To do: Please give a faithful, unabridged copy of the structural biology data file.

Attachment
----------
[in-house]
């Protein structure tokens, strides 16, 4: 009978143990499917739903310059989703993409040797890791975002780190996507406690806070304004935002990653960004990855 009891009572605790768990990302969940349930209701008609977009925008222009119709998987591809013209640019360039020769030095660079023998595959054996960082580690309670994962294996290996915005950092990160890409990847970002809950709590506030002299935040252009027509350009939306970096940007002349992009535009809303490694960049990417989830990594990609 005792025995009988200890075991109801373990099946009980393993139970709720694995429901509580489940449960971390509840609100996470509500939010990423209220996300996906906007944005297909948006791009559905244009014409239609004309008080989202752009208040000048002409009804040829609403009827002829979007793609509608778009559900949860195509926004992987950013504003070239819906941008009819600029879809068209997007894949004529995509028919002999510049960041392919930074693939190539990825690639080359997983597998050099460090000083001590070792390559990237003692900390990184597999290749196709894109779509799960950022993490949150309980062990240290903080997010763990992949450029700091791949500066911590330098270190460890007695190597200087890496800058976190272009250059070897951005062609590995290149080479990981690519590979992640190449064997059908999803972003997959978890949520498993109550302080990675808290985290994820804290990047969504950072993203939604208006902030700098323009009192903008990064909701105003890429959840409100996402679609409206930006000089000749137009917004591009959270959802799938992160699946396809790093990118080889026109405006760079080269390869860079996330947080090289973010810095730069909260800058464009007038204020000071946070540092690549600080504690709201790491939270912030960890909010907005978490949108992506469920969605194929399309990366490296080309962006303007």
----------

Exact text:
[in-house]
């Protein structure tokens, strides 16, 4: 009978143990499917739903310059989703993409040797890791975002780190996507406690806070304004935002990653960004990855 009891009572605790768990990302969940349930209701008609977009925008222009119709998987591809013209640019360039020769030095660079023998595959054996960082580690309670994962294996290996915005950092990160890409990847970002809950709590506030002299935040252009027509350009939306970096940007002349992009535009809303490694960049990417989830990594990609 005792025995009988200890075991109801373990099946009980393993139970709720694995429901509580489940449960971390509840609100996470509500939010990423209220996300996906906007944005297909948006791009559905244009014409239609004309008080989202752009208040000048002409009804040829609403009827002829979007793609509608778009559900949860195509926004992987950013504003070239819906941008009819600029879809068209997007894949004529995509028919002999510049960041392919930074693939190539990825690639080359997983597998050099460090000083001590070792390559990237003692900390990184597999290749196709894109779509799960950022993490949150309980062990240290903080997010763990992949450029700091791949500066911590330098270190460890007695190597200087890496800058976190272009250059070897951005062609590995290149080479990981690519590979992640190449064997059908999803972003997959978890949520498993109550302080990675808290985290994820804290990047969504950072993203939604208006902030700098323009009192903008990064909701105003890429959840409100996402679609409206930006000089000749137009917004591009959270959802799938992160699946396809790093990118080889026109405006760079080269390869860079996330947080090289973010810095730069909260800058464009007038204020000071946070540092690549600080504690709201790491939270912030960890909010907005978490949108992506469920969605194929399309990366490296080309962006303007």